Sedona’s modern history, beginning with its name, is traced back to the turn of the century as one of the first prominent homesteaders from Missouri named the new establishment after his wife, Sedona, who was neither Spanish nor American Indian by descent. Fruit growing was the most significant part of the early Sedona economy, as settlers and American Indians both learned to channel water from nearby Oak Creek for irrigation. Larger orchards were eventually planted which allowed for grapes and vineyards to become part of the commerce for the nearby communities of cowboys, loggers and miners. Fruits and wine became a successful commercial operation for the area, driven to markets in Prescott, Flagstaff and Phoenix. However, commercial orcharding declined in the 1970s and all but disappeared by the 1980s. Many former orchards have been converted to either subdivisions or state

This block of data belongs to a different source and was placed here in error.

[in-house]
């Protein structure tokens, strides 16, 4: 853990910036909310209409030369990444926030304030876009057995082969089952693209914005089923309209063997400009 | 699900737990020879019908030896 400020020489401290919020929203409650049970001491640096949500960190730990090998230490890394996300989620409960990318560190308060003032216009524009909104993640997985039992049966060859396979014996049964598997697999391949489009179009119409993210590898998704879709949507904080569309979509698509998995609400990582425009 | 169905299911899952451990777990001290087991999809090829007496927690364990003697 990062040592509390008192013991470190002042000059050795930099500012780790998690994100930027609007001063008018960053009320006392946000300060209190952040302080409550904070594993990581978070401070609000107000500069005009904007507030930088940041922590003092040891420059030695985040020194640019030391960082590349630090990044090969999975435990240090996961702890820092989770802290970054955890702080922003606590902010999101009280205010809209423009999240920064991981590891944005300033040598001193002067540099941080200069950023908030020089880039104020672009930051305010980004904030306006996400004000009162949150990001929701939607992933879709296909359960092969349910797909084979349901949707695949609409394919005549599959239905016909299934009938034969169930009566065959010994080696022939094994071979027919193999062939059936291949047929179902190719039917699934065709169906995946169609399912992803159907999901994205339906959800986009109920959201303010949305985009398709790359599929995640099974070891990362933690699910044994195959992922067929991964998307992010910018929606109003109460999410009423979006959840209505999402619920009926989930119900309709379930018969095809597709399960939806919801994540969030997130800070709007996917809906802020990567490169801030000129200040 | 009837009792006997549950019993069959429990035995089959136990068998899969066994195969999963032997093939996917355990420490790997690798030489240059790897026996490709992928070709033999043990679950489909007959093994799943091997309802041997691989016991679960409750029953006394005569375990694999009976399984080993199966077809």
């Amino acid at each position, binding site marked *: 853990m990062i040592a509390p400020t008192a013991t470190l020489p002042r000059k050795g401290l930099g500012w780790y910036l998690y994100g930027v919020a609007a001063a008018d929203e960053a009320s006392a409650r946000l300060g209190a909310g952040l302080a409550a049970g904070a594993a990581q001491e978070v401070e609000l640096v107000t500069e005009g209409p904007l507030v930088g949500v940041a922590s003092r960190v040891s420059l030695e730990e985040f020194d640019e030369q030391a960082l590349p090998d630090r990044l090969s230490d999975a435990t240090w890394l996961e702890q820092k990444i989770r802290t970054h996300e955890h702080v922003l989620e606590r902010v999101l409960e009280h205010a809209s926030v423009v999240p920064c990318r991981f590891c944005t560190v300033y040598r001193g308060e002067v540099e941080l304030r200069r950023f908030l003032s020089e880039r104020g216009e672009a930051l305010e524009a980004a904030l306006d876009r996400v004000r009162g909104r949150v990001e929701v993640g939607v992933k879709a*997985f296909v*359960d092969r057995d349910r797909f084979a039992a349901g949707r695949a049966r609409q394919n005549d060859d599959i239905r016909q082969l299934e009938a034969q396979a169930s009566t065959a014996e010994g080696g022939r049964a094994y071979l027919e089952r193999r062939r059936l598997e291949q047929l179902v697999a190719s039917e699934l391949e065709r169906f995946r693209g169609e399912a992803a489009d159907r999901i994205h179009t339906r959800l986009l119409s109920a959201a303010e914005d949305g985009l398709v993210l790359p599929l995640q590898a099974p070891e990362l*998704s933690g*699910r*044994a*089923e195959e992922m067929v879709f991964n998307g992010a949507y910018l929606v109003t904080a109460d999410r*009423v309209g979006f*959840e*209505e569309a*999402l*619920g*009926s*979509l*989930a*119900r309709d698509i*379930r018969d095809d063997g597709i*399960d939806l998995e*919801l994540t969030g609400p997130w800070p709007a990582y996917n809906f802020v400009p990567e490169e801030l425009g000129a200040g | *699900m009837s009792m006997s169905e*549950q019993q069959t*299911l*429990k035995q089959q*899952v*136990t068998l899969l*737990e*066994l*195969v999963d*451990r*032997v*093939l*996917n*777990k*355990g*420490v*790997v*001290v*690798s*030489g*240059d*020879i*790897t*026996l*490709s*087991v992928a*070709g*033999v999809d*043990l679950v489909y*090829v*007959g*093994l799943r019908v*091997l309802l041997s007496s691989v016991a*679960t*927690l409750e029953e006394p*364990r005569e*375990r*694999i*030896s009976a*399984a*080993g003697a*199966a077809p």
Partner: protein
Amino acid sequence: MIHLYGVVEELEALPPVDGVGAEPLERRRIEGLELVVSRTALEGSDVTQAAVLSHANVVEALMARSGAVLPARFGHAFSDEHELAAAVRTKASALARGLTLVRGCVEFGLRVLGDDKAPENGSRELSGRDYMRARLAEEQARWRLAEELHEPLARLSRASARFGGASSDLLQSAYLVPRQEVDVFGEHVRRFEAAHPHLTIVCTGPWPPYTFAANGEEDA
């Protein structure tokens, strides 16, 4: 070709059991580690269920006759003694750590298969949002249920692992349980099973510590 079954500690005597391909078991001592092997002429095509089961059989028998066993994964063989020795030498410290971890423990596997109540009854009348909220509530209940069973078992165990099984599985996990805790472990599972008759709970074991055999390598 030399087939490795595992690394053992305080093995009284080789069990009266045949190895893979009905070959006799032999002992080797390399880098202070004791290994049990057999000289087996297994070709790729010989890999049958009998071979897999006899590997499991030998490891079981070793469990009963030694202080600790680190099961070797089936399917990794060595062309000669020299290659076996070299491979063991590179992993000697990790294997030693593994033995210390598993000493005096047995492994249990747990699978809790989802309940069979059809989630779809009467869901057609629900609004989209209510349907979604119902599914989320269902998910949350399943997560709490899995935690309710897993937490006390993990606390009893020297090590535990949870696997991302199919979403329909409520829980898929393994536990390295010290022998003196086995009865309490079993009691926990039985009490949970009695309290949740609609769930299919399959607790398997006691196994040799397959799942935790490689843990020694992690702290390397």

The Sedona area experienced the most dramatic changes post WWII, as more leisure time and pleasure seekers were able to explore the West. A groundwater aquifer discovered in West Sedona allowed for new residential developments, and new residents in the form of both retirees and spiritual lifestyle seekers joined the original homesteaders. Movie making, particularly in the heyday of westerns during the 1940s and 1950s brought the beauty of Sedona to the big screen, with nearly every major studio and star of this era working on a film in this town. They built sets and shot films in the backyard of a multitude of real-life ranchers and cowboys that were hard at work riding, roping and branding the livestock that roamed far and wide among the canyons. Residents recognized opportunity with the growing number of visitors during the mid to late 1940s; some built additional cabins on their creek-side properties, while a new market, cafes, taverns and motels were built to accommodate residential and visitor needs. And while the Sedona airport opened in 1957, Sedona remained relatively quiet and secluded until the late 60s and early 1970s, when local ranchers and homesteaders sold property to developers.